This is how much homeowners are spending to replace a roof or furnace and fix a toilet

Something you often hear about home ownership is that it’s a forced savings plan. What you never hear is that owning a home is a forced spending plan as well.

While you’re building equity by making regular mortgage payments, you’re also paying for repairs and maintenance. But how much, exactly? Home repair costs are the great unknown of home ownership.

To bring some clarity to the cost of home maintenance, I asked readers of the Carrick on Money e-mail newsletter to fill out a questionnaire about the cost of repairs they’ve done and additional details such as the size and location of their home and whether they did the work themselves or hired a pro.

A little more than 500 people replied, enough to get a sense of how much it costs to replace a roof, a furnace or a driveway, and the price of more basic jobs like fixing a leaky toilet. The point of information like this is to offer a sharper picture of what it costs to own a home and to provide some context for the quotes you get from contractors and tradespeople. Subscribers of my newsletter will get a link to the full survey results next week. You can sign up here.

When you’re looking for a first home, the affordability narrative revolves around the monthly cost of mortgage payments, property taxes, heating and your other debts. The only acknowledgment of maintenance costs can be found in the inclusion of condo fees in the ratios that lenders use to see if you can afford a mortgage.

Repair costs can be massive when you own a home, and they’re unavoidable. Live in a house for decades and you will almost certainly replace a roof, furnace and more. Here’s a sample of the costs reported by newsletter readers:

New roof

The upper end for roof replacements was around $30,000 for a flat roof. Individual costs included $9,200 for an Edmonton resident with a 2,000-square-foot home who used midgrade asphalt shingles, $14,000 for a similar size home near Kingston, Ont., using 30-year shingles, $15,000 for new shingles and gutters on a 2,800-square-foot home in Quebec City, and $20,000 for replacement shingles and boards on a 1,600-square-foot home in Toronto’s Scarborough suburb.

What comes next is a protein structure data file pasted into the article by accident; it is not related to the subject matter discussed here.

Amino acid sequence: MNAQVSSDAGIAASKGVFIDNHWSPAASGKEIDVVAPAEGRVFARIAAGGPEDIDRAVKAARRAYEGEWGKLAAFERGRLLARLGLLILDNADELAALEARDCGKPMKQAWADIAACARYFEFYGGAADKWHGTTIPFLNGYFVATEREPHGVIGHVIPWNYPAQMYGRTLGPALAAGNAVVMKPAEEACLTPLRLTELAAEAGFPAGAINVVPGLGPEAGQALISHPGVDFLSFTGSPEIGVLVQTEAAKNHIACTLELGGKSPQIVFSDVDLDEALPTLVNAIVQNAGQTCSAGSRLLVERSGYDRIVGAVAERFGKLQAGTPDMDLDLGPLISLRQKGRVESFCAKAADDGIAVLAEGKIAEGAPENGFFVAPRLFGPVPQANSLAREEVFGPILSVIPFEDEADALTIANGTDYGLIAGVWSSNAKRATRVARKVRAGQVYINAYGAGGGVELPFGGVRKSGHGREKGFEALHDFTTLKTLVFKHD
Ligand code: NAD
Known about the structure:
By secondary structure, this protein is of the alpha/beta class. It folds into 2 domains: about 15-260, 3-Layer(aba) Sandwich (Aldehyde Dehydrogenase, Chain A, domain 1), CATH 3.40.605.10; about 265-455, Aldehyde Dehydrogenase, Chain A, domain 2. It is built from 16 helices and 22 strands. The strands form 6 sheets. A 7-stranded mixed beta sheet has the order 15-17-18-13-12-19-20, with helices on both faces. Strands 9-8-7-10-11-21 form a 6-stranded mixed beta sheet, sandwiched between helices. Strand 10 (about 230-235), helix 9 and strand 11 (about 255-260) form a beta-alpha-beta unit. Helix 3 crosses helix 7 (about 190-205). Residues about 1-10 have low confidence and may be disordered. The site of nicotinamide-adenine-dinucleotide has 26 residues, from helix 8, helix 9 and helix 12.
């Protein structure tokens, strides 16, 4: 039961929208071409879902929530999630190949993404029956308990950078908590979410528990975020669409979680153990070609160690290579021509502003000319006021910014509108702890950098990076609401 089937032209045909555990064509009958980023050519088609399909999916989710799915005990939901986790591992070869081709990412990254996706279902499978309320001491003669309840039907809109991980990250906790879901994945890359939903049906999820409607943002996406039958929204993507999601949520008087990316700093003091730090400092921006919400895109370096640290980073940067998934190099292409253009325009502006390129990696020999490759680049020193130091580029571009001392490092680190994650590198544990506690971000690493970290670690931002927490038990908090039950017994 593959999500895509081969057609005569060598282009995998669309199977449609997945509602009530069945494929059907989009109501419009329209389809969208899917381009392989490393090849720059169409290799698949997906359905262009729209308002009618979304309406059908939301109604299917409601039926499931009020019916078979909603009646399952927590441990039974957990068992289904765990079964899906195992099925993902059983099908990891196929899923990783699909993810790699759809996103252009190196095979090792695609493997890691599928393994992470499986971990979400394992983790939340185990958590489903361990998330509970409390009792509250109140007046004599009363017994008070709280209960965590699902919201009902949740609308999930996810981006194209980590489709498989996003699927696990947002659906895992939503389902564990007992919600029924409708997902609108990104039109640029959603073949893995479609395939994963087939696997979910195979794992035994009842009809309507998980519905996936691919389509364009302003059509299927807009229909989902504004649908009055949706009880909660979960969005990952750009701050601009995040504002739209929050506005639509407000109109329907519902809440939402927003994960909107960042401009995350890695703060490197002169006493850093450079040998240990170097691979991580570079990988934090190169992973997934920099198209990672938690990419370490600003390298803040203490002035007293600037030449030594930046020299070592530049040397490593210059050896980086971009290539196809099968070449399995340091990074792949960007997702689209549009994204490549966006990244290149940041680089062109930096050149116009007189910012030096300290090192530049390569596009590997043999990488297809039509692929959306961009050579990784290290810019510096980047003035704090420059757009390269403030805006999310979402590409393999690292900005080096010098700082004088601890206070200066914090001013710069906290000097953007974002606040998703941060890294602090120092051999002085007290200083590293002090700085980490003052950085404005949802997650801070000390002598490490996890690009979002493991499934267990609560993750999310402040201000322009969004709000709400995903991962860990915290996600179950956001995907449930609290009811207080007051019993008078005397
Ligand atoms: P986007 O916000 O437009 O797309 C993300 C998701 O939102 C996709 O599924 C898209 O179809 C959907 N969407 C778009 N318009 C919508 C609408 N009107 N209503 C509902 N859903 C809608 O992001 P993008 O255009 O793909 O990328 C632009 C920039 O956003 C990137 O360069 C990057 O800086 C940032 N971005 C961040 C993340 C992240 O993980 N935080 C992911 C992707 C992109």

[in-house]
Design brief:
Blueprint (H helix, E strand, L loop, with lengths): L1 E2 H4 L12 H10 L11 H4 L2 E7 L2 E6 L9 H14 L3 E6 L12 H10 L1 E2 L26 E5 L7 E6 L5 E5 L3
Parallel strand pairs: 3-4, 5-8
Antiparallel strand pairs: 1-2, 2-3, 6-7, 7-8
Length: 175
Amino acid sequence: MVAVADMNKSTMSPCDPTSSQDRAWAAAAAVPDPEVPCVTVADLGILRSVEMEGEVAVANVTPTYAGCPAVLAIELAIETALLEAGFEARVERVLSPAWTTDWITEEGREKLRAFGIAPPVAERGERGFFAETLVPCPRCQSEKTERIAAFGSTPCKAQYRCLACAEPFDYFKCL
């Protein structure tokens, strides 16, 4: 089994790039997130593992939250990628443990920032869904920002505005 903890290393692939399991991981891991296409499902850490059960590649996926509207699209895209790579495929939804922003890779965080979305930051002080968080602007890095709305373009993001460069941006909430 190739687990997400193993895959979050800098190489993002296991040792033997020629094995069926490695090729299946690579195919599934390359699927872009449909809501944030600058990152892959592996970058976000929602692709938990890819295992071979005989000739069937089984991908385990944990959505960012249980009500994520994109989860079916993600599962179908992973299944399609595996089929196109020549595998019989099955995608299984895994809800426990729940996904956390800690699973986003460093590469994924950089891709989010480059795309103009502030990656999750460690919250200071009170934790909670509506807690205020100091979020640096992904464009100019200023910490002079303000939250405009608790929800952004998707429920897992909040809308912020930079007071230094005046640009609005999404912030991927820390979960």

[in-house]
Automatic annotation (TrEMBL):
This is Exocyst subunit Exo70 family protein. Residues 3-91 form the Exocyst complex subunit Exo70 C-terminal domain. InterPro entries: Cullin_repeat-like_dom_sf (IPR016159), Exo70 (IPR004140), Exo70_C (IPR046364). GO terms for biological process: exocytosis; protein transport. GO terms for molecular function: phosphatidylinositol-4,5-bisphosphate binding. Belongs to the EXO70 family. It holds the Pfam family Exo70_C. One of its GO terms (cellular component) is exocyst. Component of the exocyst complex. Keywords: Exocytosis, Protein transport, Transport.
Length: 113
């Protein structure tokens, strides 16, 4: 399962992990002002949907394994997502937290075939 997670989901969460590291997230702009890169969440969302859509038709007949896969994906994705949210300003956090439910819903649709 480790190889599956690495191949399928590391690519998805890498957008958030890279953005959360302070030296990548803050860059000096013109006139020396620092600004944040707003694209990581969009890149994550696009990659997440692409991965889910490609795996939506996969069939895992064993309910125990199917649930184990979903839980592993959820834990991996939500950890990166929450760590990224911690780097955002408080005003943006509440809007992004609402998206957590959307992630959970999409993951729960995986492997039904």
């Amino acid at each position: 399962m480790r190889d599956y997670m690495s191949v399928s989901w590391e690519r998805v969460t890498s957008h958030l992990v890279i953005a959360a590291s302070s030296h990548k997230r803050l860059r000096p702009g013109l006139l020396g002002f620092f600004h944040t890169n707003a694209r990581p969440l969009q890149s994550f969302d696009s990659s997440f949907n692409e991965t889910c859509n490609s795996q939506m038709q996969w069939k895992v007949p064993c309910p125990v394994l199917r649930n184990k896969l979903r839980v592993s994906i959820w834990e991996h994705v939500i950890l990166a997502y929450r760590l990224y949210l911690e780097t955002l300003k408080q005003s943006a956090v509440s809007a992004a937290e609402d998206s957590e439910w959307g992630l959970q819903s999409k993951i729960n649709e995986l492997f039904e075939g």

Roof repair and maintenance

A Victoria resident paid $414.75 for a walk-around inspection of a roof on a 1,500-square-foot home, while an Ottawa resident paid $4,500 to replace a section of roof on a 2,000-square-foot home.

New furnace

A new furnace cost $5,100 for an 1,800-square foot home in Toronto, $10,000 for a high-efficiency furnace in a 1,600-square-foot home in Winnipeg that required holes to be drilled in the foundation for intake vents, $15,000 for a new furnace and air conditioner for a 1,900-square-foot home in St. Catharines, Ont.

Leaky toilets and other plumbing jobs

It cost one reader $200 to replace a wax gasket under a toilet in a house located in Markham, Ont., and another paid $300 to fix a toilet that wouldn’t flush in a Toronto home.

There’s a rough rule in personal finance that you should expect to pay an average annual 1 per cent of the value of your home in maintenance and repairs, but it’s hard to make practical use of this estimate. There will be years as a homeowner where nothing of importance goes wrong and stretches where your home goes behind your back and declares Murphy’s law.

See if this approach to home maintenance costs works for you: Try to pay small costs of a few hundred dollars out of your regular finances and have a plan for larger costs. This is what emergency funds are for, but say you don’t have one. Could you use your annual bonus, tax refund, vacation savings or money in your tax-free savings account?

The goal is to try to avoid using debt, which is prohibitively expensive today. That said, sudden big expenses like a basement flood might require you to use your home equity line of credit. That’s life.

Anticipating costs is important, too. Go up on your roof and look at the shingles and visit your basement after a rainstorm to look for seepage. If you know a big repair is coming, you can prioritize it over other expenses.

That’s another thing they don’t tell you about home ownership. Your house will frequently eat your tax refund or bonus.

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